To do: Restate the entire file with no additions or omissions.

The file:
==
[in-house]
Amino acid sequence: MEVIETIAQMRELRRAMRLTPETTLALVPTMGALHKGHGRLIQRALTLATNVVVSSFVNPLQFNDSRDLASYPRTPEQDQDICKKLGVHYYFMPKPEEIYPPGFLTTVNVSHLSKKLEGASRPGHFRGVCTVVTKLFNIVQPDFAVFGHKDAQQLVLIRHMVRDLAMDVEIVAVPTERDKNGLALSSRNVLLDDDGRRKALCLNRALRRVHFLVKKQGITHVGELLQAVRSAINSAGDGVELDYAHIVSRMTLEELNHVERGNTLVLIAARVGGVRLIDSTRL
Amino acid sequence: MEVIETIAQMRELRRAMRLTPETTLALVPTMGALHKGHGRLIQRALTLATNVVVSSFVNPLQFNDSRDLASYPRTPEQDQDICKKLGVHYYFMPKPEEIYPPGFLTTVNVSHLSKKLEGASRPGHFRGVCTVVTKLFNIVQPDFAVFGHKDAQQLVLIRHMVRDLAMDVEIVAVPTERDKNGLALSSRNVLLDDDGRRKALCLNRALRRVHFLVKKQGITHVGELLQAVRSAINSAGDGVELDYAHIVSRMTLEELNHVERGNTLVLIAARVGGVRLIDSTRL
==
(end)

[in-house]
Amino acid sequence: MEVIETIAQMRELRRAMRLTPETTLALVPTMGALHKGHGRLIQRALTLATNVVVSSFVNPLQFNDSRDLASYPRTPEQDQDICKKLGVHYYFMPKPEEIYPPGFLTTVNVSHLSKKLEGASRPGHFRGVCTVVTKLFNIVQPDFAVFGHKDAQQLVLIRHMVRDLAMDVEIVAVPTERDKNGLALSSRNVLLDDDGRRKALCLNRALRRVHFLVKKQGITHVGELLQAVRSAINSAGDGVELDYAHIVSRMTLEELNHVERGNTLVLIAARVGGVRLIDSTRL
Amino acid sequence: MEVIETIAQMRELRRAMRLTPETTLALVPTMGALHKGHGRLIQRALTLATNVVVSSFVNPLQFNDSRDLASYPRTPEQDQDICKKLGVHYYFMPKPEEIYPPGFLTTVNVSHLSKKLEGASRPGHFRGVCTVVTKLFNIVQPDFAVFGHKDAQQLVLIRHMVRDLAMDVEIVAVPTERDKNGLALSSRNVLLDDDGRRKALCLNRALRRVHFLVKKQGITHVGELLQAVRSAINSAGDGVELDYAHIVSRMTLEELNHVERGNTLVLIAARVGGVRLIDSTRL